“Who do you think Global Procurement reports into?” asked Kevin Giblin to 80 language industry executives attending SlatorCon New York on October 12, 2017. The Chief Procurement Officer at Dun & Bradstreet, which has the largest global commercial database of over 280 million business records, was giving delegates a deeper look into the often misunderstood business function of procurement.
The clear majority attendees voted for finance over legal, sales and marketing. They were all surprised that, at many multinationals like D&B, procurement reports into the people function – or more commonly human resources. “What the human resources and procurement function of today have in common is the focus on the customer experience and engagement and I mean that on both sides of the desk,” said Giblin. “It’s both internal and on the side of our supply base.”
This ensures that Giblin and his team, who manage over USD 1 billion in spend annually, develop the strategic relationships that can add value to the business beyond cost reduction. They do this by harnessing the transformational nature of business and supplier innovation.
Collaborative Resource Partnerships
As globalization and technology are rapidly transforming multinationals like D&B, the procurement function must change as well. This presents an opportunity for language service providers (LSPs) to be much more than a tactical vendor or supplier. “A Collaborative Resource Partnership (CRP)” advised Giblin “means if we’re looking to do things differently, globally, and we don’t have the capability today, how can you, on the other side of the desk, help us get there?”
Giblin shared some of the key outcomes that he looks for in a CRP such as an improvement in top line revenue, value creation through collaboration and a reduction of tax expense. He added that the partnership works both ways and that his team “has a lot of supplier relationships where we’re helping them grow their product, because if we’re on the buyer side we may think of things that they’re not thinking of and vice versa. So we like to have that collaborative innovation that helps drive it.”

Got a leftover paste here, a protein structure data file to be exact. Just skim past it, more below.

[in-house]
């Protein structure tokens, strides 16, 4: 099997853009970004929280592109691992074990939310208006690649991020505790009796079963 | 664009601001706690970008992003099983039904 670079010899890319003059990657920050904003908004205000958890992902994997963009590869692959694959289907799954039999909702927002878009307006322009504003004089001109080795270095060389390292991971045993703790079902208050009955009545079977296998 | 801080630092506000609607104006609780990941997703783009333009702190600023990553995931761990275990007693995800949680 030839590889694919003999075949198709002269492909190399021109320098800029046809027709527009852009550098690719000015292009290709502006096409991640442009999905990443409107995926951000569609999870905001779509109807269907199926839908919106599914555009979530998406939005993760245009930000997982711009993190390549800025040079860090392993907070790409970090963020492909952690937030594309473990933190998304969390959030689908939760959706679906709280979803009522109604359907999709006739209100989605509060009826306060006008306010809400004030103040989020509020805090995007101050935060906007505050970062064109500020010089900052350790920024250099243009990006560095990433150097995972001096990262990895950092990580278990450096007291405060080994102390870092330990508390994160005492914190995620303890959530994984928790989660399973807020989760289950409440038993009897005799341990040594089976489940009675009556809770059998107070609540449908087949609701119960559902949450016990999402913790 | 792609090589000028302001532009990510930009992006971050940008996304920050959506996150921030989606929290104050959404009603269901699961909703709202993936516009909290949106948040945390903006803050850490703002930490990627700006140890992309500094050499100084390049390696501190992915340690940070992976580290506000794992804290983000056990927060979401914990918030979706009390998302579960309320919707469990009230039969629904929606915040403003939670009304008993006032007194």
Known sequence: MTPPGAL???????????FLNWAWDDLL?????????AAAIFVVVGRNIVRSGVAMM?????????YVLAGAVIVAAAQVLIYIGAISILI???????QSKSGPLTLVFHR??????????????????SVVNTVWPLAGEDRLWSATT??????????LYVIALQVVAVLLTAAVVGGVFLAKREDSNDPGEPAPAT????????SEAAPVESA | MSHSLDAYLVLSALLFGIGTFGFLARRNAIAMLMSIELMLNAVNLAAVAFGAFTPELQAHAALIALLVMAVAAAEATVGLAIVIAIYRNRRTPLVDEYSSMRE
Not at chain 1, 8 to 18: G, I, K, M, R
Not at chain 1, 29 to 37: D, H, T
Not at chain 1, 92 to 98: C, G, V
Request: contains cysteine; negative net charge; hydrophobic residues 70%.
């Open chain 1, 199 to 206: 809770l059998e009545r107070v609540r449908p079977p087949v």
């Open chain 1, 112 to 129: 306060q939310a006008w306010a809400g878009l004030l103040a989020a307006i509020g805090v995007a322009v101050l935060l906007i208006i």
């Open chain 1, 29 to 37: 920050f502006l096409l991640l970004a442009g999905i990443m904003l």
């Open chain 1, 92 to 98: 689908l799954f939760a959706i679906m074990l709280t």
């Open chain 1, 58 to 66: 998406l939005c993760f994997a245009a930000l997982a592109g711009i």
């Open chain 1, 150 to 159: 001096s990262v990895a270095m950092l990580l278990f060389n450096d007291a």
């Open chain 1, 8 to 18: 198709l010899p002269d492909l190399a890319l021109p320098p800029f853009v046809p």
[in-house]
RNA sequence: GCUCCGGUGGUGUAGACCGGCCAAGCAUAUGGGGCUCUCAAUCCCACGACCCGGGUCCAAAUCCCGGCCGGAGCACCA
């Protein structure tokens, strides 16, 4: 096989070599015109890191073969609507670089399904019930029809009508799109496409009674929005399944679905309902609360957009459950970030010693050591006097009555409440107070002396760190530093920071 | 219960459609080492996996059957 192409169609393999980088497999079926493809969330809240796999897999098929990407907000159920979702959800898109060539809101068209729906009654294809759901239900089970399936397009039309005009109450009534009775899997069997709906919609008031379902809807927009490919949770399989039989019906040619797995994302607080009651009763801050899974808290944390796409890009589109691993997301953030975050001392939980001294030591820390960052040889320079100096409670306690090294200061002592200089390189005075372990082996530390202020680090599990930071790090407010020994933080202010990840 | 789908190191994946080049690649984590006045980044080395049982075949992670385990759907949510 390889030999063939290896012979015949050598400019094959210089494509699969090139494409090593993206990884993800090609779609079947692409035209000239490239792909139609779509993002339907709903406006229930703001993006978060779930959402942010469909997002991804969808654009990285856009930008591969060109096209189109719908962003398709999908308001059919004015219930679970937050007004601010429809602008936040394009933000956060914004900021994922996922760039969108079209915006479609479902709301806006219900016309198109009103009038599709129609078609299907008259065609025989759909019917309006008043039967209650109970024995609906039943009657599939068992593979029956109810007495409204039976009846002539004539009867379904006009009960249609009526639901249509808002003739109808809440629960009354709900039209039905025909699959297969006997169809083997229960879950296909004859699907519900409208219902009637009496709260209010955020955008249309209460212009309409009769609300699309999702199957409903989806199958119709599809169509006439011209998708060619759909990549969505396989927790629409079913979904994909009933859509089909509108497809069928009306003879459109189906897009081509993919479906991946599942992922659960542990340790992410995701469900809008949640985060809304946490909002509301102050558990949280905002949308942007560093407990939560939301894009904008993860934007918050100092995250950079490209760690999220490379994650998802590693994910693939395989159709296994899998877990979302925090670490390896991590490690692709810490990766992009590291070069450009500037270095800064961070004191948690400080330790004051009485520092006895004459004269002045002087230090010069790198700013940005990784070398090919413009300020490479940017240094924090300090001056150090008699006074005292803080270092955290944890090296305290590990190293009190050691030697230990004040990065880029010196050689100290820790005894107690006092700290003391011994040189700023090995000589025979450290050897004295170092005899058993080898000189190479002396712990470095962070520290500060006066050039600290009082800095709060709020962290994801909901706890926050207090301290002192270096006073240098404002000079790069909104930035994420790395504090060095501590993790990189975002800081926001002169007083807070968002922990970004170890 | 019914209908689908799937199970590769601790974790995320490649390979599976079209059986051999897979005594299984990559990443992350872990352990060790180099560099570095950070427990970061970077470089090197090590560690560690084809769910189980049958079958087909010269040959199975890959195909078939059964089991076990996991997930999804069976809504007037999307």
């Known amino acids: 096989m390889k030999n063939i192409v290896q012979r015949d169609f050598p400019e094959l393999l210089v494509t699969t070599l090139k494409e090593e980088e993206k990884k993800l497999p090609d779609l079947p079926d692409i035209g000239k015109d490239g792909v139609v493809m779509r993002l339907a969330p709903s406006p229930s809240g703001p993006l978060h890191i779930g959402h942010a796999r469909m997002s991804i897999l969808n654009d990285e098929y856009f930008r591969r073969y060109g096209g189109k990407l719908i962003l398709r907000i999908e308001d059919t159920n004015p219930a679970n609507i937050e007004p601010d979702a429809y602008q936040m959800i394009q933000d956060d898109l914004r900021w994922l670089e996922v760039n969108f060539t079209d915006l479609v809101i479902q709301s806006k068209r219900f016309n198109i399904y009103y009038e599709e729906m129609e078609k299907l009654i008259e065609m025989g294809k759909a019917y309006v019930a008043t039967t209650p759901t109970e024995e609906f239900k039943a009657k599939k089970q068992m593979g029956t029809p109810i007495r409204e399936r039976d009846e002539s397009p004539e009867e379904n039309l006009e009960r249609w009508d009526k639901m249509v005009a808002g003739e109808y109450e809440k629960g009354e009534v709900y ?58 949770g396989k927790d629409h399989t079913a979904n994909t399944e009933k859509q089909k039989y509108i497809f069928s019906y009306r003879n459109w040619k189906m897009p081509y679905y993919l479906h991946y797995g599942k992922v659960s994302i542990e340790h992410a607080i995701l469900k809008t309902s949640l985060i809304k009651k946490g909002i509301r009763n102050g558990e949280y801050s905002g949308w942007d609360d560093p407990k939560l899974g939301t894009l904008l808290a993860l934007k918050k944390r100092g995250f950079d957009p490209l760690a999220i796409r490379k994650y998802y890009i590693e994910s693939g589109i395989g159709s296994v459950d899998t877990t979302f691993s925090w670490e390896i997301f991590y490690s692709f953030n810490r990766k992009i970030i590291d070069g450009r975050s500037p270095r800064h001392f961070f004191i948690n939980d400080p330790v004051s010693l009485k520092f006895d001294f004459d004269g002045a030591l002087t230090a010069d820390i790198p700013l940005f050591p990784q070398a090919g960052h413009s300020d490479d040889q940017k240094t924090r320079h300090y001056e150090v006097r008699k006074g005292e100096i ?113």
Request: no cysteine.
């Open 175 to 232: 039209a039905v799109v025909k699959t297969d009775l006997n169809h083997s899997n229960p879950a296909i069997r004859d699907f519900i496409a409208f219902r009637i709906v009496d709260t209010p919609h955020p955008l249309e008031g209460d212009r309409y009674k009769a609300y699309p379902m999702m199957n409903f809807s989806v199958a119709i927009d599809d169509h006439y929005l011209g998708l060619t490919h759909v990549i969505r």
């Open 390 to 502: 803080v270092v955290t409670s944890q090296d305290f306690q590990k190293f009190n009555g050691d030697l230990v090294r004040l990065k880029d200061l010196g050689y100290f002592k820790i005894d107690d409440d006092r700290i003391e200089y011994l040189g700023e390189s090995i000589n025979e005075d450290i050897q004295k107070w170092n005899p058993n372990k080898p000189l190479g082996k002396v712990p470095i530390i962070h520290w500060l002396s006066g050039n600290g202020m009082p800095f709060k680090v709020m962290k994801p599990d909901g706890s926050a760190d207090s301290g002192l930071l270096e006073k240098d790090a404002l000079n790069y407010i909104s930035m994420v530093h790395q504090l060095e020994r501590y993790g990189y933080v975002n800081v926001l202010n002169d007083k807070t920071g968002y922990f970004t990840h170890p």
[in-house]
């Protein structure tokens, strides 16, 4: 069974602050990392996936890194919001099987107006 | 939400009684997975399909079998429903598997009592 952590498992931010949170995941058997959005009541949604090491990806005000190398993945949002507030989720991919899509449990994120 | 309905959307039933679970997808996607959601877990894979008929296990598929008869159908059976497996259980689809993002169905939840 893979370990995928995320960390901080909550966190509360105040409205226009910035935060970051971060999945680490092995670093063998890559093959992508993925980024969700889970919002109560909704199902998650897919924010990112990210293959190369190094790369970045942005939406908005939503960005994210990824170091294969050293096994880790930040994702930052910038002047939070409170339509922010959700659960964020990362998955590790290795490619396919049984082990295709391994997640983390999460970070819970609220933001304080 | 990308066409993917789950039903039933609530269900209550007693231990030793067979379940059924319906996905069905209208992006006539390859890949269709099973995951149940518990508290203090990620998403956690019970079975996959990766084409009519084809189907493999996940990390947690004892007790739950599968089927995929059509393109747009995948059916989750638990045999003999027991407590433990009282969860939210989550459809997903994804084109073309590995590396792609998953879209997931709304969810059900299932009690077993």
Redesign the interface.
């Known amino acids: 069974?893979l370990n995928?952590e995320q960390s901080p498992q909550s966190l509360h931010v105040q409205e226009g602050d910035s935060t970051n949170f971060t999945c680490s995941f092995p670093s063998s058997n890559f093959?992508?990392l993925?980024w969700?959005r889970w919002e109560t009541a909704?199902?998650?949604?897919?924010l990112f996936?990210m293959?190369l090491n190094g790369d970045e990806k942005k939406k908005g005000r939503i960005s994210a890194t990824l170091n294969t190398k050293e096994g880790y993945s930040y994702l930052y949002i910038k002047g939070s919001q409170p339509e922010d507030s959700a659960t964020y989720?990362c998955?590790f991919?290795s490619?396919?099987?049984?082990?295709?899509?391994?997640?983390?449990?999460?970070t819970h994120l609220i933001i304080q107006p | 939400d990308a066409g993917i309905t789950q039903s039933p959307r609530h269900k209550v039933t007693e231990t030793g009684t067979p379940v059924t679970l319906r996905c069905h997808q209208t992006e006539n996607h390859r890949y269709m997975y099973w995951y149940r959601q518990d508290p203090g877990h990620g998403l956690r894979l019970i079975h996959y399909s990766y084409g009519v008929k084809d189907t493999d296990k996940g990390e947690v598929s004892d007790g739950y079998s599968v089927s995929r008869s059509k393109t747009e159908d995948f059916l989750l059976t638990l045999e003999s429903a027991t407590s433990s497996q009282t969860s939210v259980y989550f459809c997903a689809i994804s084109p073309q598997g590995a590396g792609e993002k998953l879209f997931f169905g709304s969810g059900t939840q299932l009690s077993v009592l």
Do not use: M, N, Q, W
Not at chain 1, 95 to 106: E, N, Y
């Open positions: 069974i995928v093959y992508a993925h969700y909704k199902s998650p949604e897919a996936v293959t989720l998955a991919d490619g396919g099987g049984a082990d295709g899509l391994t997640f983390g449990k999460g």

Watch a video interview with Kevin Giblin on the importance of creating a Collaborative Resource Partnership.
Chief Value Officer
The five-year trend to focus on value creation beyond cost reduction is now so strong that Giblin predicts the role of Chief Procurement Officer won’t exist in 10 years. “It’ll be replaced by a Chief Value Officer, and there’s a big difference between the two,” he advised.
“Procurement is mostly operational, sometimes tactical. It’s ensuring the company’s money and the budget is addressed effectively. But the value goes way beyond cost savings.”
With this future in mind, D&B have now modified their analysis of CRPs from traditional sourcing and risk assessment to projecting where partners are adding value going forward. Demonstrating this process, Giblin took delegates through an actual assessment of LSPs at D&B, where the names and dates had been anonymized but all other metrics were real.
“It’s not about procurement, it’s not about price, it’s about making sure that the relationship is solid and actually people want to do business with us regardless of what the spend is” — Kevin Giblin, CPO, Dun & Bradstreet
Notably absent from the assessment criteria was price or cost. “What’s really important is the interest in potential partnership value,” said Giblin, “so we ended up selecting the supplier that provided the best future value for growth.”
Giblin concluded: “I think the more that I talk to people, the more they understand that the engagement and the experience is critical to anyone whether you’re selling or you’re buying. If you don’t have that, then any cost savings you’re negotiating on procurement is going to erode over time.”
Reflecting on Giblin’s opening question, May Habib, CEO, Qordoba, asked in the panel session, “So you report into HR because it’s a relationship management function?”
Giblin replied: “the reason why we aligned with the people team or HR is because we share a common interest in engagement and improving the customer experience. About a year ago, I undertook an initiative for onboarding new suppliers. And internal customers found that it was very difficult. Suppliers found it was difficult. So we said, how do we improve that process for both?”
“The more that we went through this,” added Giblin, “we found that this is really about contrast. It’s not about procurement, it’s not about price, it’s about making sure that the relationship is solid and actually people want to do business with us regardless of what the spend is.”
The deeper understanding of procurement provided by Giblin will be valuable to LSPs as they engage with clients to add value, defend pricing and become a Collaborative Resource Partner.
Join us at SlatorCon Zurich on December 5, 2017, for further engagement with global end-clients. Dr. Germán Basterra, Translation Manager at Nestlé GLOBE, has more than 15 years of experience in the localization industry and leads their Language and Translation Competence Center. He will be presenting on Translation Quality within the Content Lifecycle.
For a copy of Kevin’s presentation, register free of charge for a Slator membership and download a copy here.
Inside Global Procurement